Five Most Important Figures in Craft Brewing
Lists proliferate at the end of the year, and most of them are useful for starting conversations--but not a lot else. The New York Observer identifies the five most important figures in craft brewing, though, and it's hard to argue with their list:
- Jack McAullife, who founded the first micro (New Albion).
- Fritz Maytag, who provided a blueprint for the modern micro (Anchor).
- Ken Grossman, who founded Sierra Nevada.
- Jim Koch, who founded Boston Beer and pioneered contract craft brewing.
- Fred Eckhardt, the "dean of American beer writers."
- Fritz Maytag. When people regale the story of Anchor, Fritz gets credit for rehabbing an ancient brewery and bringing back the steam beer style. But his biggest contribution was showing that it was possible to find a market that would buy traditional, expensive all-barley and whole-hop beer.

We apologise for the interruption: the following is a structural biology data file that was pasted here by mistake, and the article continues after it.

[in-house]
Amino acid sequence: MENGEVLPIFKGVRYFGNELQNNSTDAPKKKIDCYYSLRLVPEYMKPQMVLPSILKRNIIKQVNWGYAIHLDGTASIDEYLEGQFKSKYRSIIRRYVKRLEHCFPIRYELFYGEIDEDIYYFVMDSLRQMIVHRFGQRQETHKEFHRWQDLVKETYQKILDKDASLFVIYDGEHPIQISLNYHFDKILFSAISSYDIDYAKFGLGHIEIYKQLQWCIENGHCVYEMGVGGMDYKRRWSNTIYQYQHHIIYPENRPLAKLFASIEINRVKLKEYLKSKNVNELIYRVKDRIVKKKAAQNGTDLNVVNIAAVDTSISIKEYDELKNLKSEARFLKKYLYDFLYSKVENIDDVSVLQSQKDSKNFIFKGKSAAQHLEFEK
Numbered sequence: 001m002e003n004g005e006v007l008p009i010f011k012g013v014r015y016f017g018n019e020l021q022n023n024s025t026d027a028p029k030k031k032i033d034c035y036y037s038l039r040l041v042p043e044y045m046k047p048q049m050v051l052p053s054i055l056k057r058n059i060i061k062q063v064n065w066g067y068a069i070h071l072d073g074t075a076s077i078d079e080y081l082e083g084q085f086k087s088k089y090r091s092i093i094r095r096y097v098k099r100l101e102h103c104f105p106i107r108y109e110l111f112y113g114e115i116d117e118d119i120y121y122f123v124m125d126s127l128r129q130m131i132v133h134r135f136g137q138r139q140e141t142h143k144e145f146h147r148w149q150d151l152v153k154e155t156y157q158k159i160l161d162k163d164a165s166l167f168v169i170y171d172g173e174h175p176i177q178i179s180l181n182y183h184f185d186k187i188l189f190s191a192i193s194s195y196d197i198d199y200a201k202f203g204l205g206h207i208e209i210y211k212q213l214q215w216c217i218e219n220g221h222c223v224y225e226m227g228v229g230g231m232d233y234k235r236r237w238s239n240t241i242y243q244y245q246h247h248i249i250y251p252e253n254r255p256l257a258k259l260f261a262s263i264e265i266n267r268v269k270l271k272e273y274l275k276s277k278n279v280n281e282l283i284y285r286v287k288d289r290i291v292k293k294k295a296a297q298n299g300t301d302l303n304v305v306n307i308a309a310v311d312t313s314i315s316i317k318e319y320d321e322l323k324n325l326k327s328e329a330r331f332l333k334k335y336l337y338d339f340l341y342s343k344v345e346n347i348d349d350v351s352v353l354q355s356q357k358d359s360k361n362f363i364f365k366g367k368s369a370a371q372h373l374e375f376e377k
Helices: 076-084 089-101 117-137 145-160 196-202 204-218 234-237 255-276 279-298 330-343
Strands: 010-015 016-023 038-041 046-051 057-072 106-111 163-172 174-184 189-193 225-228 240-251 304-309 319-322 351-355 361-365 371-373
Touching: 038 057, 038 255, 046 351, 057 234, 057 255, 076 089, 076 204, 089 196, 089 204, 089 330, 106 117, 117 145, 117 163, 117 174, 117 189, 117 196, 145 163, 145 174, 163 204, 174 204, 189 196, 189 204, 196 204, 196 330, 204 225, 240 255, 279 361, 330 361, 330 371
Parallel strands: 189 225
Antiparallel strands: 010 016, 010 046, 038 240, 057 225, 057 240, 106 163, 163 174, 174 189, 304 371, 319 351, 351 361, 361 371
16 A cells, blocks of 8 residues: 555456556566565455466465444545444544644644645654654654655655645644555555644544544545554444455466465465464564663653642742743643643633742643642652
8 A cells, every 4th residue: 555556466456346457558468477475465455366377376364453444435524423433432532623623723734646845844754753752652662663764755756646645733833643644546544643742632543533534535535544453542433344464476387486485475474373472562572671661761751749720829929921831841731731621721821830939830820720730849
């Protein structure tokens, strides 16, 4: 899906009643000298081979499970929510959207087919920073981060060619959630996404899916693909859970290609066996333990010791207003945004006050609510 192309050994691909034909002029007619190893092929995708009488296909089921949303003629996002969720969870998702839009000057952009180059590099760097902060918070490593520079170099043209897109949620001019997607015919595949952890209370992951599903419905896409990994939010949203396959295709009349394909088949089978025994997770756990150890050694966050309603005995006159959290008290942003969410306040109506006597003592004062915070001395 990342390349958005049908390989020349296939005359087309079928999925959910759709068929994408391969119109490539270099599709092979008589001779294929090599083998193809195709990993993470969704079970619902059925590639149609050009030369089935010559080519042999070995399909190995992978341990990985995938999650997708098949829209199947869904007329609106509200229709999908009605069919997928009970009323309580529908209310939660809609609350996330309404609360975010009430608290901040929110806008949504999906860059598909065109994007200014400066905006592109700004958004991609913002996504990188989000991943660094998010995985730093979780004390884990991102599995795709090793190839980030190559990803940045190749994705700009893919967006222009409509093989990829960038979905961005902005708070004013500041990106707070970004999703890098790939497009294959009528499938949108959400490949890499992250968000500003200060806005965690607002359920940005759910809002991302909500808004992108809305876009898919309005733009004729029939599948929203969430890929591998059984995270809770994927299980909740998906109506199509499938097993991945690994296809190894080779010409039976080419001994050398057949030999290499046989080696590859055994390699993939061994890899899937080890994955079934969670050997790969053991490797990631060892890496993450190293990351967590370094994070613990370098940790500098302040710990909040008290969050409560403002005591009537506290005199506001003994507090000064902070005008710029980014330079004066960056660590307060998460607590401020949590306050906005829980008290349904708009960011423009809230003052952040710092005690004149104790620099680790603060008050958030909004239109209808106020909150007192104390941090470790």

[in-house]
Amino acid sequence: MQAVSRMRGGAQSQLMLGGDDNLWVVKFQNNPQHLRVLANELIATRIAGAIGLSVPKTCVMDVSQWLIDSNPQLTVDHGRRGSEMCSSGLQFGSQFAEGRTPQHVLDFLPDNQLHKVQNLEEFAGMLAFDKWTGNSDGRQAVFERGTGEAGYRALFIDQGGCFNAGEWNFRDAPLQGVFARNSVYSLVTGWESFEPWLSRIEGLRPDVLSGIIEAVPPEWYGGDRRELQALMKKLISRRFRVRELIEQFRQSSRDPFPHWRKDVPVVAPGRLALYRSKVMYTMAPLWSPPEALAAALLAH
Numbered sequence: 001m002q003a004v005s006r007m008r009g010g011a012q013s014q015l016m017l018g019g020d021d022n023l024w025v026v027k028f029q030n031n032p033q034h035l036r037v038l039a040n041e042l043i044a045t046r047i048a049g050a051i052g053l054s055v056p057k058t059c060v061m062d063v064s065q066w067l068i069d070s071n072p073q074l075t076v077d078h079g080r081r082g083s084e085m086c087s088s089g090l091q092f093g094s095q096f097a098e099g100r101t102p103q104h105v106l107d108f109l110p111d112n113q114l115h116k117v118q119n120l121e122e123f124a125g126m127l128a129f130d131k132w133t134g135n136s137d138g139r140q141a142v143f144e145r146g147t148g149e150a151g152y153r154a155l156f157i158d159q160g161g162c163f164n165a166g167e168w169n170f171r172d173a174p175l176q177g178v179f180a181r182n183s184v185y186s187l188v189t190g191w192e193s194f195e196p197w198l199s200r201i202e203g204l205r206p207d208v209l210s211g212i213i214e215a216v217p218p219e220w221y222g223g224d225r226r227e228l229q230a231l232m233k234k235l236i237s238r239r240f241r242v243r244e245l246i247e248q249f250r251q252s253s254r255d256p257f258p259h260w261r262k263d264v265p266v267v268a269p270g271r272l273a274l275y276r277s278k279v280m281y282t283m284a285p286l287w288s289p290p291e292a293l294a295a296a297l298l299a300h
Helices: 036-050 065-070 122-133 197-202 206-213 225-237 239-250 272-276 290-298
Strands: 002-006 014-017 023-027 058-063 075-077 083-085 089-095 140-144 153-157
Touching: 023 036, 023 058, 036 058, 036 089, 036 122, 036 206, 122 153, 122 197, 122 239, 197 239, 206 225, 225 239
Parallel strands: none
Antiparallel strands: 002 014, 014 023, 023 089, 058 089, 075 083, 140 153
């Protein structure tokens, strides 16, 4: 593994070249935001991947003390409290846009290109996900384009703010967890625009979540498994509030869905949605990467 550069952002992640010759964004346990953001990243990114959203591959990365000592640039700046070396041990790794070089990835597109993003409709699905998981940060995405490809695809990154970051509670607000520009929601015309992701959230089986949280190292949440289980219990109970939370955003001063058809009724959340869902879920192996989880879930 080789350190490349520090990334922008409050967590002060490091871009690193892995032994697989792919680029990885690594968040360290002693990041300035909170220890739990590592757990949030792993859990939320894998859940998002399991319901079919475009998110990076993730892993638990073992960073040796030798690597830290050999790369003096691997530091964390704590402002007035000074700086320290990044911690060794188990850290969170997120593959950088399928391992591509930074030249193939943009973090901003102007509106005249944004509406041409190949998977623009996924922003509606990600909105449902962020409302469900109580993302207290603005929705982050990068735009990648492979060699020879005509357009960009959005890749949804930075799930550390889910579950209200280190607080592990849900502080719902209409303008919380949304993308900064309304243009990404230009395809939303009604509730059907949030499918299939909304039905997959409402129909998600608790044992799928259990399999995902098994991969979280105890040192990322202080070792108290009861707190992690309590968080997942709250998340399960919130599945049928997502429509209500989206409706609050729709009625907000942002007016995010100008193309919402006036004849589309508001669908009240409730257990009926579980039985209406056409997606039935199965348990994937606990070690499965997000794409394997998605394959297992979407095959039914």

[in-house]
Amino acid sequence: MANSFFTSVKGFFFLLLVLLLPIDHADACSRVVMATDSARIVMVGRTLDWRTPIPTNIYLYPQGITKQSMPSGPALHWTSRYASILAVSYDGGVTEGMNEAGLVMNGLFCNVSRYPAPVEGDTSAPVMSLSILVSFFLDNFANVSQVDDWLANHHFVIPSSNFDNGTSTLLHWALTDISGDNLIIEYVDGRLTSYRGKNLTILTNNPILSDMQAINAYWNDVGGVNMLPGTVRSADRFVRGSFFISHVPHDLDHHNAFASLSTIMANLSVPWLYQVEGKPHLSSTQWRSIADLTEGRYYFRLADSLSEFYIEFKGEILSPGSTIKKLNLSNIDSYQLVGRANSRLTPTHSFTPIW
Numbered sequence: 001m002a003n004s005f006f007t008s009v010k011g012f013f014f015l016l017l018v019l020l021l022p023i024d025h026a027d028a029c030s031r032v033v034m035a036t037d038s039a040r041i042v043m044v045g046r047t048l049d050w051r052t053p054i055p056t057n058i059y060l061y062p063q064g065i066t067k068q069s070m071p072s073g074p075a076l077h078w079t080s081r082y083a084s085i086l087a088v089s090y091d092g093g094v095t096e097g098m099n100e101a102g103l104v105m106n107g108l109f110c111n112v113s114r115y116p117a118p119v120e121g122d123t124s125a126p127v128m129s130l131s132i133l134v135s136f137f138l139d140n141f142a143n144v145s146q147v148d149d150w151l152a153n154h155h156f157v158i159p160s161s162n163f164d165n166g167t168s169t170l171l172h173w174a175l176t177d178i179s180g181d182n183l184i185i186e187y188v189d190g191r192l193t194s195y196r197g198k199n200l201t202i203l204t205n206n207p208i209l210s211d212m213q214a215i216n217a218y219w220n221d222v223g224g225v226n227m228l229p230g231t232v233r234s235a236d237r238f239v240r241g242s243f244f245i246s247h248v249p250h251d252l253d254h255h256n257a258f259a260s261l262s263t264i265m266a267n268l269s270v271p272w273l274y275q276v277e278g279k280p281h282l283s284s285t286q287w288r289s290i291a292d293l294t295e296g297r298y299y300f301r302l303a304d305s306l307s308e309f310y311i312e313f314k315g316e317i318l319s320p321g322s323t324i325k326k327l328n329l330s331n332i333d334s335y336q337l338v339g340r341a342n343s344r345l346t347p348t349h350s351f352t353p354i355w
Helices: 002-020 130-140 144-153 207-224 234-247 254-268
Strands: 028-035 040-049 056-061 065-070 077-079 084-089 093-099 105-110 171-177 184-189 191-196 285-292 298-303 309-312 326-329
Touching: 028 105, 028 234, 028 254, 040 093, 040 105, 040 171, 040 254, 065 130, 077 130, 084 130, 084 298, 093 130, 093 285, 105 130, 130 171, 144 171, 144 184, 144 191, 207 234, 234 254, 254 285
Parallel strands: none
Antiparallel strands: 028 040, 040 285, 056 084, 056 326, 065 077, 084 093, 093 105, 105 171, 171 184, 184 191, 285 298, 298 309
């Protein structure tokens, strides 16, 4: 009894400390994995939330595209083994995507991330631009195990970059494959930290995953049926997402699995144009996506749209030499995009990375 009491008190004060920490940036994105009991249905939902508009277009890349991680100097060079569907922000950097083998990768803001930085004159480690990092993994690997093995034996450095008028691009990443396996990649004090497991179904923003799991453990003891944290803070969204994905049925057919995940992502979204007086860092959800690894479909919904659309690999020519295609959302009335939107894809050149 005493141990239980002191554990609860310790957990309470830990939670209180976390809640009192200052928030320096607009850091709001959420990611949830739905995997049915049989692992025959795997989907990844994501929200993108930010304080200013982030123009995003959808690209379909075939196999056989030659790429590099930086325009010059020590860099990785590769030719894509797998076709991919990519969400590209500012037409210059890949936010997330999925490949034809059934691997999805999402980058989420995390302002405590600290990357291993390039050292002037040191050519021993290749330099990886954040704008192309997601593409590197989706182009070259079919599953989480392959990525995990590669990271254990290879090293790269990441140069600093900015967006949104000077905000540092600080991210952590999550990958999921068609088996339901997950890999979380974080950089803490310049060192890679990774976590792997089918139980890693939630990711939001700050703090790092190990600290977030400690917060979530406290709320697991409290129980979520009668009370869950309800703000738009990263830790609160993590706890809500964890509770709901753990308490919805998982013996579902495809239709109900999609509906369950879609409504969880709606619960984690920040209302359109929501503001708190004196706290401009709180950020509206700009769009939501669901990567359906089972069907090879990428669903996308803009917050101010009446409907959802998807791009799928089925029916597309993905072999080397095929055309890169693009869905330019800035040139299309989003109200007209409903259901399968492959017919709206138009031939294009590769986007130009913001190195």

- Ken Grossman. He was one of the pioneers in craft brewing and put all the elements together. One of the most important aspects of his approach was quality control, which is not incidental in Sierra Nevada's longtime success.
- Bert Grant. All the brewers in the Observer's list are production breweries, but Bert was the first one to see the potential in brewpubs.
- Dave Logsdon. If you've ever read the story about Redhook brewing, you know that yeast wasn't always easy to find. Americans didn't really know how to brew, and yeast was a topic mostly beyond their ken. Logsdon, who founded Wyeast, is perhaps more responsible than any brewer for the proliferation of authentic beer styles in the US.
- Michael Jackson. Although I love the Observer's choice of the most colorful, lovable figure in Beervana, I'd say that it was Michael Jackson's World Guide to Beer that set brains spinning.